The United States’ policy undoubtedly affects Russian economic agents. The issue is, above all, the additional taxes on steel and aluminum, which came into force on March 23. Trump's decision generates risks for TMK Group, Novolipetsk Steel and Evraz. On March 26, Severstal was reported to file an action against the US government for the new duties through its subsidiaries Severstal Export Miami Corp and Severstal Export GmbH. The companies demand to withdraw the tariffs imposed on the goods they supply. However, the success of Russian metallurgists in the trial is unlikely.
Simultaneously, the WTO combined the lawsuits of Russia and China for unlawful duties on steel and aluminum introduced by Trump. The joint efforts of Moscow and Beijing can be effective, but investigation and litigation may last 3-4 years. Consequently, significant losses of Russian and Chinese metallurgists will be inevitable in short run. Russia and China are also interested in Japan and the UAE to join the lawsuit. The US increased duties on steel and aluminum imports from these countries, although their market shares are small.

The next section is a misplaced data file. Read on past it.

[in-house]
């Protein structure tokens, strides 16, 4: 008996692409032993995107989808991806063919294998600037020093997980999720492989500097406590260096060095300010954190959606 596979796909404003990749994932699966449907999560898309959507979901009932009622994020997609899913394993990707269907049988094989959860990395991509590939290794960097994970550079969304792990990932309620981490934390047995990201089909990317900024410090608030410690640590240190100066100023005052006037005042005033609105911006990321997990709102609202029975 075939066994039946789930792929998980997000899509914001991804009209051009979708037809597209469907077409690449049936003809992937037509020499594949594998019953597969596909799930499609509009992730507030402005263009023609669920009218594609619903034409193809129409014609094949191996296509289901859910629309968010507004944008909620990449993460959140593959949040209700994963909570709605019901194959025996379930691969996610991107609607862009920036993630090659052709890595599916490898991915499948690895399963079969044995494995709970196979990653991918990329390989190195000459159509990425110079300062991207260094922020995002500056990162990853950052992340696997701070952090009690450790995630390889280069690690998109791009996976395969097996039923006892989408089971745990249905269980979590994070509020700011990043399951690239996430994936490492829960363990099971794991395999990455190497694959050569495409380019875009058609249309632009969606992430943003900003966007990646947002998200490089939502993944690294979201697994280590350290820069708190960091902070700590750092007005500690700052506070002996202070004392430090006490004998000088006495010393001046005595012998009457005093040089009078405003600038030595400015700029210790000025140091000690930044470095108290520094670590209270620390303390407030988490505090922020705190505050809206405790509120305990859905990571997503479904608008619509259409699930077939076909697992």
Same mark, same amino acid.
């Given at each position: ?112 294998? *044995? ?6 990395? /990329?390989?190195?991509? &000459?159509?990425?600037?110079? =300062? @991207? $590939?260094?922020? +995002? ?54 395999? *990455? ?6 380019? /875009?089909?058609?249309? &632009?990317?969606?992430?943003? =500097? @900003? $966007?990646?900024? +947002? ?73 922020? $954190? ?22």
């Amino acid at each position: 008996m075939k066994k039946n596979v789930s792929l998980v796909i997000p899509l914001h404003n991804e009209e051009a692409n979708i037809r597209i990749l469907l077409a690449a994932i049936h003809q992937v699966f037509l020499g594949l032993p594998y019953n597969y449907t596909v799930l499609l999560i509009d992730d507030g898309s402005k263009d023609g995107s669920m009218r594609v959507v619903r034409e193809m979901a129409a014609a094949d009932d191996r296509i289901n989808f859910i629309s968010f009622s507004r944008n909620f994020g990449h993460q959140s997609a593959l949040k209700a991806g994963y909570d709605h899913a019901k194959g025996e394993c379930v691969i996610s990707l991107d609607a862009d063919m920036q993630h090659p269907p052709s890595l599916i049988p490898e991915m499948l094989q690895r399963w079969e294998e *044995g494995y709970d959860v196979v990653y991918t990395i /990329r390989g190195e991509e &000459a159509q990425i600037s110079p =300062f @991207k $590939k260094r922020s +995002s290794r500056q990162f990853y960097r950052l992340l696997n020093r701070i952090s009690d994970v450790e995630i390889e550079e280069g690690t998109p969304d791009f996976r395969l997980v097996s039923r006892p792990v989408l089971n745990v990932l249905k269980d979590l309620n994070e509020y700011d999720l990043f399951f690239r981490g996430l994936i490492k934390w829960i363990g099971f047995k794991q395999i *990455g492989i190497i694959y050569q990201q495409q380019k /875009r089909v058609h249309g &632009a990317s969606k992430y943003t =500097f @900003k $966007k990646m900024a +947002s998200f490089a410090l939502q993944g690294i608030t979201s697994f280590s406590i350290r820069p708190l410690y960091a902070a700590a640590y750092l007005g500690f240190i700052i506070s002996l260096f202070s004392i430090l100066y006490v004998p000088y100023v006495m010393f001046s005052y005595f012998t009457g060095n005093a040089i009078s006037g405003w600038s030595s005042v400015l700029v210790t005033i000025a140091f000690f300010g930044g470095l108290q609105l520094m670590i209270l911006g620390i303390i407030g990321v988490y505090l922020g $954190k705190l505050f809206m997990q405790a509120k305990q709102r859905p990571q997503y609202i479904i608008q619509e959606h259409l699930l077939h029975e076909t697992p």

Furthermore, Russia may experience the outcome of a plausible full-scale trade war between the US and China. The shift in economic globalization trend and a renaissance of protectionism will cause damage to the production chains and the division of labor system. In this regard, Russia is among the most vulnerable countries, since its external trade policy is based on comparative advantages and raw materials export. In case the precedent set by Trump for imposing protective duties on low-value-added products becomes role model for states with a developed industrial sector, Russian economy may face significant problems.
Nevertheless, the rising tension between the US and China paves the way for Russian exporters of soybeans, pork, wine, steel pipes, aluminum, ethanol and other commodity items. Russian goods may substitute those produced in the USA in Chinese market. Besides, Russian automotive and aircraft industries will have a chance to meet the demand of Chinese customers.

Authored by Andrey Kroupsky